Daniel Barenboim, conductor

Radu Lupu (Zdenek Chrapek photo)

February 16, 17, and 18, 2006, Orchestra Hall
MOZART Piano Concerto No. 20 in D Minor, K. 466
MOZART Concerto for Two Pianos in E-flat Major, K. 365
Daniel Barenboim, conductor and piano

February 25, 26, 27, and March 2, 2010, Orchestra Hall
BEETHOVEN Piano Concerto No. 3 in C Minor, Op. 37
Gianandrea Noseda, conductor

January 10, 11, 12, and 15, 2013, Orchestra Hall
BEETHOVEN Piano Concerto No. 1 in C Major, Op. 15
Edo de Waart, conductor

April 27, 28, and 29, 2017, Orchestra Hall
BEETHOVEN Piano Concerto No. 5 in E-flat Major, Op. 73 (Emperor)
Riccardo Muti, conductor

Following the April 27, 2017, performance of Beethoven’s Emperor Concerto, Hedy Weiss in the Chicago Sun-Times wrote, “Lupu’s often quiet but brilliantly expressive articulation compels listening by means of understatement, and yet there is an undeniable grandeur about it. And in tandem with the orchestra, he brought a dreamy tranquility to the slow passages of this familiar work that was metabolism-altering. The pianist’s emotional connection and eye contact with both Muti and the CSO musicians was both visible and audible at every moment.”

Lupu also gave a number of recitals in Orchestra Hall, as follows:

February 10, 1988 (with Murray Perahia)
January 21, 1990
February 13, 1994 (with Daniel Barenboim)
January 31, 1996 (with Daniel Barenboim)
February 11, 1996 (with Daniel Barenboim)
February 9, 1997 (with Daniel Barenboim)
January 21, 1998
November 24, 2000 (with Daniel Barenboim)
January 27, 2002
January 15, 2004 (with the Staatskapelle Berlin and Daniel Barenboim)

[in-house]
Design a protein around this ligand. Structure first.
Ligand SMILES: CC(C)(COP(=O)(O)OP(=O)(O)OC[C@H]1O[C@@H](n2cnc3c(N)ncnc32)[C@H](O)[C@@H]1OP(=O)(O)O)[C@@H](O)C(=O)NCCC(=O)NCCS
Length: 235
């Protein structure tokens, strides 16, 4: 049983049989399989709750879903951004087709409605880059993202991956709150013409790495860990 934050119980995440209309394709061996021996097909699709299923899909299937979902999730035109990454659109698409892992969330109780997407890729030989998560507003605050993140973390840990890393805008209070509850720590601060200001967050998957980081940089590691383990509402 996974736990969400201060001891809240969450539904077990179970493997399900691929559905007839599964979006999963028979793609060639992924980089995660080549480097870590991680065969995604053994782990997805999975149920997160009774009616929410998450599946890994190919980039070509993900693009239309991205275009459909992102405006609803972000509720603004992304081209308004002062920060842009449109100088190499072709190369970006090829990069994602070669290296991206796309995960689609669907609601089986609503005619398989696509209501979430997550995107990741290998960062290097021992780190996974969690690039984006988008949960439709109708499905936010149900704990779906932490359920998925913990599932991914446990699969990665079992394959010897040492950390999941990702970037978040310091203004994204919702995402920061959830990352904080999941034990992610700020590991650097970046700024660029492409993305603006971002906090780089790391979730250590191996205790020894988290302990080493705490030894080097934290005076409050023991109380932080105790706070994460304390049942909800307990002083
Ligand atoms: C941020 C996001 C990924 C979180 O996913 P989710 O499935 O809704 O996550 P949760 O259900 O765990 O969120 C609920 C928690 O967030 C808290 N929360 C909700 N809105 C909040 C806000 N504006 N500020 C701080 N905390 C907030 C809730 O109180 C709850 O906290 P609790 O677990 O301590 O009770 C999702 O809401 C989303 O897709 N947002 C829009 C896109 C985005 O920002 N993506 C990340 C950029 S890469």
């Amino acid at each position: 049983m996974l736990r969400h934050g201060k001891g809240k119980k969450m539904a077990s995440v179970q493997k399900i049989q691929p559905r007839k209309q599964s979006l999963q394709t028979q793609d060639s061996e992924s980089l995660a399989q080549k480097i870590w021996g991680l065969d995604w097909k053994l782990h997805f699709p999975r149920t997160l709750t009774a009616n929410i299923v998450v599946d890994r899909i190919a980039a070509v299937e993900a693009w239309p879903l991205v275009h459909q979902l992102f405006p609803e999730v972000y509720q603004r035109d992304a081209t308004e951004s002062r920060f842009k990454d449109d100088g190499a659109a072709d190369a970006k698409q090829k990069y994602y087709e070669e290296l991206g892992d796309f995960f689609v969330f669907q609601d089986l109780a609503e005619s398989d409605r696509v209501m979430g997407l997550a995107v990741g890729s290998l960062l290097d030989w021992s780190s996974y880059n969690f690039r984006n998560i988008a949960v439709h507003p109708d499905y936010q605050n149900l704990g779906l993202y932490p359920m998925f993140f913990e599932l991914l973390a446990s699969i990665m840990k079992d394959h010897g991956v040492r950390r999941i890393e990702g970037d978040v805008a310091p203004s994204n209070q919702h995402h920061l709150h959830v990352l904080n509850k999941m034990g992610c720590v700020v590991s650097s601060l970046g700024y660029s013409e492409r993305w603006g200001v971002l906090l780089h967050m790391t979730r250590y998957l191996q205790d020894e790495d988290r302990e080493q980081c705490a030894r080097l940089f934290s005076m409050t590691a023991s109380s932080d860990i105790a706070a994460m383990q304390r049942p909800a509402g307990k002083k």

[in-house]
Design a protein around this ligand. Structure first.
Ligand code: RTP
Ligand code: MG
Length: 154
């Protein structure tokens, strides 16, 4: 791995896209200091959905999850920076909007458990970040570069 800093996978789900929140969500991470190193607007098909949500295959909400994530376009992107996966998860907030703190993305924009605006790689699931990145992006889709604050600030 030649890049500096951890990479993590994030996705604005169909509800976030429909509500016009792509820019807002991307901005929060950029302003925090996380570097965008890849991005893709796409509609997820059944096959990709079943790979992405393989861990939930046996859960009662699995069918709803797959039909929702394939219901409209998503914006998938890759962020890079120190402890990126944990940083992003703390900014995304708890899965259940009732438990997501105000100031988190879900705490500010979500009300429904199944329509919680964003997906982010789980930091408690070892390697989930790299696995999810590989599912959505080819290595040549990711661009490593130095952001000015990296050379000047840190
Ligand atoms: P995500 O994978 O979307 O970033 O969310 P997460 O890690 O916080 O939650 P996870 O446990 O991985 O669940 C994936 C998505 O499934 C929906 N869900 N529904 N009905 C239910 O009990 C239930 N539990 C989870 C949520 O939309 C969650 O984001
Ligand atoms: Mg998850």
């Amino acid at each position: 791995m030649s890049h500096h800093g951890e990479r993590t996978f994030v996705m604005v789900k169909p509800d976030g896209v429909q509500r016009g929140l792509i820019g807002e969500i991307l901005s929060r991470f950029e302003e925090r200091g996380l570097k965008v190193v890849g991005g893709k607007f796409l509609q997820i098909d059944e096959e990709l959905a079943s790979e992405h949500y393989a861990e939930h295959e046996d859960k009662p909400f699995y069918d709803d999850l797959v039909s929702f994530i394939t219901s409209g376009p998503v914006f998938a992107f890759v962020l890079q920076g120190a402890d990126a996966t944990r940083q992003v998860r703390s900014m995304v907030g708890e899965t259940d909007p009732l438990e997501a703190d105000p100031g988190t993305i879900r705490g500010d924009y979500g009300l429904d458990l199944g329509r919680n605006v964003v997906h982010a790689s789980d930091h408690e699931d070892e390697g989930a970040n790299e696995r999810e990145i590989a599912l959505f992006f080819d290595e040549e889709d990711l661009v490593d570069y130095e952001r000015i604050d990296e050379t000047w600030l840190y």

February 19, 2006 (with Daniel Barenboim)
February 10, 2008
January 31, 2010

This article also appears here.

During Adolph “Bud” Herseth’s tenure as principal trumpet, the Chicago Symphony Orchestra commercially recorded Maurice Ravel’s orchestration of Modest Mussorgsky’s Pictures at an Exhibition on seven occasions between 1951 and 1990.

Following are the first tracks from each of those seven recordings, each featuring Herseth performing the work’s opening promenade fanfare.

Recorded in Orchestra Hall in Chicago in April 1951 for Mercury
Rafael Kubelík conductor
Wilma Cozart recording producer
David Hall recording supervisor
C. Robert Fine and George Piros recording engineers

Recorded in Orchestra Hall in Chicago in December 1957 for RCA
Fritz Reiner conductor
Richard Mohr producer
Lewis Layton recording engineer
Mark Donahue mastering engineer

Recorded in Medinah Temple in Chicago in July 1967 for RCA
Seiji Ozawa conductor
Peter Dellheim producer
Bernard Keville and Ernest Oelrich recording engineers

Recorded in Medinah Temple in Chicago in April 1976 for Deutsche Grammophon
Carlo Maria Giulini conductor
Günther Breest producer and recording supervisor
Klaus Scheibe engineer

Recorded in Medinah Temple in Chicago in May 1980 by London
Sir Georg Solti conductor
James Mallinson recording producer
James Lock and John Dunkerley balance engineers

Recorded in Orchestra Hall in Chicago in November 1989 for Chandos 
Neeme Järvi conductor
Brian Couzens recording producer
Mitchell Heller location engineer
Paul Smith assistant engineer
Richard Lee editor